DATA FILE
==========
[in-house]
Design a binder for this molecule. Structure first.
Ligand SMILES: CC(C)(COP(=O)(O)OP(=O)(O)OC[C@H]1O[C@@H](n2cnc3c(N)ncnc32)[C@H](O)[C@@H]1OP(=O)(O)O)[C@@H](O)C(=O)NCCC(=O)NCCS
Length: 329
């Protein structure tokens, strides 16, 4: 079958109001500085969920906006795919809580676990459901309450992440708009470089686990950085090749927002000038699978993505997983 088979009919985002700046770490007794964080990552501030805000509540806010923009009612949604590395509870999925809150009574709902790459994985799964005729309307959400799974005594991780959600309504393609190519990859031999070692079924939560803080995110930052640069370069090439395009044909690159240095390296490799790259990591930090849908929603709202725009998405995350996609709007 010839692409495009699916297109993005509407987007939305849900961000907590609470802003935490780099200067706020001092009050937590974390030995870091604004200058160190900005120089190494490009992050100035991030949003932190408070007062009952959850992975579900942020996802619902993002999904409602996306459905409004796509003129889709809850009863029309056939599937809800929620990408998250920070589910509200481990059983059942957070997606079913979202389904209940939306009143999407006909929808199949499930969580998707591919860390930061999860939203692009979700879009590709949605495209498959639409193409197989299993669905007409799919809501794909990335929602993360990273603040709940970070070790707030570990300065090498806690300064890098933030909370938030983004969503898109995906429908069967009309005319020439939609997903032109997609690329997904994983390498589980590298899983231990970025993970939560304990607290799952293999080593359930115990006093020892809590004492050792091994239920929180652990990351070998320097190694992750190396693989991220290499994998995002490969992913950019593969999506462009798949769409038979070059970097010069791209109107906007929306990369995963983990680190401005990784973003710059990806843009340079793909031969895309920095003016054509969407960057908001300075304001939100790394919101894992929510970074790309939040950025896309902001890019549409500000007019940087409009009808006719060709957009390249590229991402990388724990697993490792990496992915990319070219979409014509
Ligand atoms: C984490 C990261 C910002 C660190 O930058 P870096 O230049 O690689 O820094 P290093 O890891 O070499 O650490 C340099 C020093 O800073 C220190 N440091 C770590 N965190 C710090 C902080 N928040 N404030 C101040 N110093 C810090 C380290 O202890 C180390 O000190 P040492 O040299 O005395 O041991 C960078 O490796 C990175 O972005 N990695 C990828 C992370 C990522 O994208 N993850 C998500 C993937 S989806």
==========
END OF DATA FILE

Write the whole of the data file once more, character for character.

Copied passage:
[in-house]
Design a binder for this molecule. Structure first.
Ligand SMILES: CC(C)(COP(=O)(O)OP(=O)(O)OC[C@H]1O[C@@H](n2cnc3c(N)ncnc32)[C@H](O)[C@@H]1OP(=O)(O)O)[C@@H](O)C(=O)NCCC(=O)NCCS
Length: 329
């Protein structure tokens, strides 16, 4: 079958109001500085969920906006795919809580676990459901309450992440708009470089686990950085090749927002000038699978993505997983 088979009919985002700046770490007794964080990552501030805000509540806010923009009612949604590395509870999925809150009574709902790459994985799964005729309307959400799974005594991780959600309504393609190519990859031999070692079924939560803080995110930052640069370069090439395009044909690159240095390296490799790259990591930090849908929603709202725009998405995350996609709007 010839692409495009699916297109993005509407987007939305849900961000907590609470802003935490780099200067706020001092009050937590974390030995870091604004200058160190900005120089190494490009992050100035991030949003932190408070007062009952959850992975579900942020996802619902993002999904409602996306459905409004796509003129889709809850009863029309056939599937809800929620990408998250920070589910509200481990059983059942957070997606079913979202389904209940939306009143999407006909929808199949499930969580998707591919860390930061999860939203692009979700879009590709949605495209498959639409193409197989299993669905007409799919809501794909990335929602993360990273603040709940970070070790707030570990300065090498806690300064890098933030909370938030983004969503898109995906429908069967009309005319020439939609997903032109997609690329997904994983390498589980590298899983231990970025993970939560304990607290799952293999080593359930115990006093020892809590004492050792091994239920929180652990990351070998320097190694992750190396693989991220290499994998995002490969992913950019593969999506462009798949769409038979070059970097010069791209109107906007929306990369995963983990680190401005990784973003710059990806843009340079793909031969895309920095003016054509969407960057908001300075304001939100790394919101894992929510970074790309939040950025896309902001890019549409500000007019940087409009009808006719060709957009390249590229991402990388724990697993490792990496992915990319070219979409014509
Ligand atoms: C984490 C990261 C910002 C660190 O930058 P870096 O230049 O690689 O820094 P290093 O890891 O070499 O650490 C340099 C020093 O800073 C220190 N440091 C770590 N965190 C710090 C902080 N928040 N404030 C101040 N110093 C810090 C380290 O202890 C180390 O000190 P040492 O040299 O005395 O041991 C960078 O490796 C990175 O972005 N990695 C990828 C992370 C990522 O994208 N993850 C998500 C993937 S989806």